Intel's much-vaunted skinny-but-powerful Ultrabook laptop PCs have received a boost with the company's announcement of a $300 million fund (£185m) for the development of software and hardware.
The Ultrabooks - which are said to deliver "a highly responsive and secure experience in a thin, light and elegant design" - are natural competitors to Apple's Macbook Air and other ultra-slim PCs.
Intel's Capital Ultrabook Fund is set to invest in companies that specialise in hardware and software that will give the laptop longer battery life, as well as improve physical designs and storage.
'Cycle of innovation'
The cash will be invested over the next three to four years, with the overall aim being to create a "cycle of innovation and system capabilities".
Intel's Ultrabook strategy comprises of three stages, which begins with its second-generation Core processors later this year, then moves on to its Ivy Bridge processors in 2012, and concludes with Haswell chips in 2013. The Haswell chips are estimated to have half the power consumption of current chips.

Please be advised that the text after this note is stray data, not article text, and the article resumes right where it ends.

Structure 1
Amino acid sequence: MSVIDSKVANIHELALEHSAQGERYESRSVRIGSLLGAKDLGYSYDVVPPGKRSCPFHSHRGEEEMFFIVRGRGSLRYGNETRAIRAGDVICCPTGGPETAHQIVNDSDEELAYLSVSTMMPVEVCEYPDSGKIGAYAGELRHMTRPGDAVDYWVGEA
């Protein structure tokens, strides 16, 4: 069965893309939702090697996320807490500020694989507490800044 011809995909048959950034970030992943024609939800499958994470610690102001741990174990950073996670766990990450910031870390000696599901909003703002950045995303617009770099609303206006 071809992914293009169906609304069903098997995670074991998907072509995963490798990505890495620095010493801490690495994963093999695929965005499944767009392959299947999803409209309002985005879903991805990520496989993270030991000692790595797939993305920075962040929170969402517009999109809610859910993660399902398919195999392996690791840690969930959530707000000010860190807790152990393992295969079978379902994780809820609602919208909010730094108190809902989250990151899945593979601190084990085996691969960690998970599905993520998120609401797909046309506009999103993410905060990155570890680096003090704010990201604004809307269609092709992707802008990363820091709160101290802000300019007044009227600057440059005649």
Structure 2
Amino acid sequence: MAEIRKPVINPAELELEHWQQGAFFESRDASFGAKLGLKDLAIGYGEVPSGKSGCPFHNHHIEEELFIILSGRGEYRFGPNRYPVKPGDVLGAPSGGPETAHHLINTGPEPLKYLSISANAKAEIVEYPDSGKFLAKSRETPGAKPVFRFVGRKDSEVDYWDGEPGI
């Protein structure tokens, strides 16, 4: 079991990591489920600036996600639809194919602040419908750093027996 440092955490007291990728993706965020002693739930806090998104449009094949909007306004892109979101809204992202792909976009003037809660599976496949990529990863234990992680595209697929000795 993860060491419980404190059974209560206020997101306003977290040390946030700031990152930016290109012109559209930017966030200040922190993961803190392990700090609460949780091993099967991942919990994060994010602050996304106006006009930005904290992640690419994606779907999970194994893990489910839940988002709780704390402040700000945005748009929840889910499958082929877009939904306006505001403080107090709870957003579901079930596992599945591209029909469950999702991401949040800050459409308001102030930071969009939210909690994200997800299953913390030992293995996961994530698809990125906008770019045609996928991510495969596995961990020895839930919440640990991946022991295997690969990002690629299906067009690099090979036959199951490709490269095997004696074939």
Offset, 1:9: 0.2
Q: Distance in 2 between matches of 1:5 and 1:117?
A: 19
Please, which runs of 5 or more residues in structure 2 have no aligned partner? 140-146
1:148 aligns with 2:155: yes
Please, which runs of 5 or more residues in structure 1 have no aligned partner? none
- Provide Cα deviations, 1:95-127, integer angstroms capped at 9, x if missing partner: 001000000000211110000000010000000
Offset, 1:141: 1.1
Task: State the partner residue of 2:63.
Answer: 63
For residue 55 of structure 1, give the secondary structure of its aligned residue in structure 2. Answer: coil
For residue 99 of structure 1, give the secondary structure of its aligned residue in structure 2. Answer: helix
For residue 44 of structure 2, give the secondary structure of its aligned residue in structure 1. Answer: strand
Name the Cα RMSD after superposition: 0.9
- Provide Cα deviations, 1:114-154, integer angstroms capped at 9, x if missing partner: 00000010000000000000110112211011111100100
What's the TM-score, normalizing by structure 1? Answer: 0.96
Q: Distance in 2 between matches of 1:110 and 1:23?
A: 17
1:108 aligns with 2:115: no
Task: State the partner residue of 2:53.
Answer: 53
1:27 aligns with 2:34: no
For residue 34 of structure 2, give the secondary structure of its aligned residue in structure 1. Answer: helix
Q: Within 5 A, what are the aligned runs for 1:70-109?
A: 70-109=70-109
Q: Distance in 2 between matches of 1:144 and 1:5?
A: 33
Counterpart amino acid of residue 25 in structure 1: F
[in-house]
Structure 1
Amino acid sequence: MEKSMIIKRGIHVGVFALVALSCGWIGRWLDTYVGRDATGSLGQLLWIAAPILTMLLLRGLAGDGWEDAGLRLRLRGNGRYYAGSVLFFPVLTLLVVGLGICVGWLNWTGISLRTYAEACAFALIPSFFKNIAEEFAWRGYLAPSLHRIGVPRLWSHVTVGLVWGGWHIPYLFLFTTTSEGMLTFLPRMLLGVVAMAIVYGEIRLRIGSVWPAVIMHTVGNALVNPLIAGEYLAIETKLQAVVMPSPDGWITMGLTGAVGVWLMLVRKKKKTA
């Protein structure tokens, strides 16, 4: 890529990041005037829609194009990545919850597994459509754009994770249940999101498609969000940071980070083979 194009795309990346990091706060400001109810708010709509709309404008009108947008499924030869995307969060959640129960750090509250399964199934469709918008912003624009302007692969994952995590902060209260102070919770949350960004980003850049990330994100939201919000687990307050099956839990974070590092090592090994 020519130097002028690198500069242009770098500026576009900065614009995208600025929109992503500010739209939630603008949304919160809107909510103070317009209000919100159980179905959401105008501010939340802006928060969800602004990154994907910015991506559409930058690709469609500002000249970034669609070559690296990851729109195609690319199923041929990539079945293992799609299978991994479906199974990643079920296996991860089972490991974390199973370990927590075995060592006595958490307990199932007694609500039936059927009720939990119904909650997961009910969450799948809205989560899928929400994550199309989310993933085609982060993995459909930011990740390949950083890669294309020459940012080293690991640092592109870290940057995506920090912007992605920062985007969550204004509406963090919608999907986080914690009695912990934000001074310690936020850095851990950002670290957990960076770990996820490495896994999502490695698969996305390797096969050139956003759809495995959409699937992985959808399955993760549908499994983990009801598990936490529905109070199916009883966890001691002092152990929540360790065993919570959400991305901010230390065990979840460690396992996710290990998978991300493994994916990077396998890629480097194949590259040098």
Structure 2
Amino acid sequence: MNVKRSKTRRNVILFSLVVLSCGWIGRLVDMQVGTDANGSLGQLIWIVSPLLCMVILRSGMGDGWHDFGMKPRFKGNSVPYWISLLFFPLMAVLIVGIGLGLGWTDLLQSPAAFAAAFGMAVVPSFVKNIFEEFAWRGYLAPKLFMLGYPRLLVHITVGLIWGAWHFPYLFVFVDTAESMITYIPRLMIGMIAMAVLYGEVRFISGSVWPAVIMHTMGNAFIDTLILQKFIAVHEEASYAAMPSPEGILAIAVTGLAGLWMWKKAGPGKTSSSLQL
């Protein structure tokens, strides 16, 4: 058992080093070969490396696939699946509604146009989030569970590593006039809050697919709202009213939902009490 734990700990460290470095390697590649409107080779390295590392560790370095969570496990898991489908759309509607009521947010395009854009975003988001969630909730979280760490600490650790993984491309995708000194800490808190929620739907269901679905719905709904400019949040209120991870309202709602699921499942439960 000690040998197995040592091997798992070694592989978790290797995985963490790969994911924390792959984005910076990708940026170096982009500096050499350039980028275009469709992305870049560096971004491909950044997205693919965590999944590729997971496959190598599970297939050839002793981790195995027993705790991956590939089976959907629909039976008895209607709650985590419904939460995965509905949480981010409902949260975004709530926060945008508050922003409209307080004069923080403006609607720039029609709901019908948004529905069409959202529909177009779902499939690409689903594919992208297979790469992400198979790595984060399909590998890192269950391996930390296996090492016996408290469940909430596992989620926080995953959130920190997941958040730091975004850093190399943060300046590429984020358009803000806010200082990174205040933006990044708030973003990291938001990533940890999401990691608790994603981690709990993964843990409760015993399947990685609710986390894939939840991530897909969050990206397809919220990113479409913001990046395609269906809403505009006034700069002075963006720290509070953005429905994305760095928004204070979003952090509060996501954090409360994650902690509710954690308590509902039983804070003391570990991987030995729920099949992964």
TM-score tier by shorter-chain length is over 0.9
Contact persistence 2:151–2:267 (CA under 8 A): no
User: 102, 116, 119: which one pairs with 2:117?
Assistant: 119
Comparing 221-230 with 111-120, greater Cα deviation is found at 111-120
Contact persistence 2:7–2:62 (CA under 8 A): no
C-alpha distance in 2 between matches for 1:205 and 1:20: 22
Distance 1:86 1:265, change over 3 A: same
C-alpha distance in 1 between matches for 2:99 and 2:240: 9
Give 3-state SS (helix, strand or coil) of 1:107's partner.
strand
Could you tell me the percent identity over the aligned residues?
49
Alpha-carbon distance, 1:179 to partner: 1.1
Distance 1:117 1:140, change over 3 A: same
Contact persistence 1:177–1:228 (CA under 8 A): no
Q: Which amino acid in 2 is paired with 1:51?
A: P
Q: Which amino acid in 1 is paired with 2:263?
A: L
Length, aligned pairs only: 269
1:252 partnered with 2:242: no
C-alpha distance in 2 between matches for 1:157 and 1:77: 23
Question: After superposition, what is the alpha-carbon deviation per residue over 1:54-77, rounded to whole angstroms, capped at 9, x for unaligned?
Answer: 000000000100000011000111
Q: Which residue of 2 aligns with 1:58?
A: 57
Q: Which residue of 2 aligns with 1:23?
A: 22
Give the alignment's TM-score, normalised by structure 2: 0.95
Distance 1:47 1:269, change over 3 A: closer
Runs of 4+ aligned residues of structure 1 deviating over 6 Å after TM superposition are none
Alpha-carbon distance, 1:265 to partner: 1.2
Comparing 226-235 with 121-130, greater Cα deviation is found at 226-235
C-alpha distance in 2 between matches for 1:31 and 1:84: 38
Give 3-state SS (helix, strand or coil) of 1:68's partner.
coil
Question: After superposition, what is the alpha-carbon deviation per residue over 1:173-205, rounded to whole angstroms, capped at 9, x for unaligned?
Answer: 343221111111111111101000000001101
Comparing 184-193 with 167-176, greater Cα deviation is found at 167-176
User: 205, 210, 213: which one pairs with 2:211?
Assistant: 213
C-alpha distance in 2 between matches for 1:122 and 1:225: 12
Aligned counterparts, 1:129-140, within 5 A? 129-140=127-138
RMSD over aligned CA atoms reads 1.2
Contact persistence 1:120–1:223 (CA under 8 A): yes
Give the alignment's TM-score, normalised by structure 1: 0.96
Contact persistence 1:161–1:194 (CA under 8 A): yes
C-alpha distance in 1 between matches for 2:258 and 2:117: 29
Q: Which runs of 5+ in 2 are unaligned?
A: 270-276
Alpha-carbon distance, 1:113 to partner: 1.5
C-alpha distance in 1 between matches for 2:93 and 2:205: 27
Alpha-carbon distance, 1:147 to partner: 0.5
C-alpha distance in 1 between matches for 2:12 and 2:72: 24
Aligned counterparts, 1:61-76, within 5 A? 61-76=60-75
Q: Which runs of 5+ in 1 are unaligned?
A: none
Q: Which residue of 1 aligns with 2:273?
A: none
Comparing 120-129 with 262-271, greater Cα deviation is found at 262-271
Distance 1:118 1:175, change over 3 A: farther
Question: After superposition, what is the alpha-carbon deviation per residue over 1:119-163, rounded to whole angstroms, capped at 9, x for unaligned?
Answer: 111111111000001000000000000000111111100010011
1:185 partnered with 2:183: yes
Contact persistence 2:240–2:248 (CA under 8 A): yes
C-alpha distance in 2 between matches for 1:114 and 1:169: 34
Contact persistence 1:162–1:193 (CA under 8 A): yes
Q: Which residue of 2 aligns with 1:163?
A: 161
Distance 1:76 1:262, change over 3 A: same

In addition, Intel has announced that the first Ultrabooks will be launched later this year at the under-$999 (£617) sweetspot.
Lenovo, Asustek and Acer will be the first manufacturers to produce Ultrabooks.
Despite powering the ubiquitous netbook and powerful desktop PCs, Intel has been out of the mobile innovation game for some time. Hopefully the Ultrabook will put the company back on track in this market.
"The PC is the ultimate Darwinian device and Intel is striving to again reinvent mobile computing," said Mooly Eden, vice president and general manager of Intel's PC Client Group.
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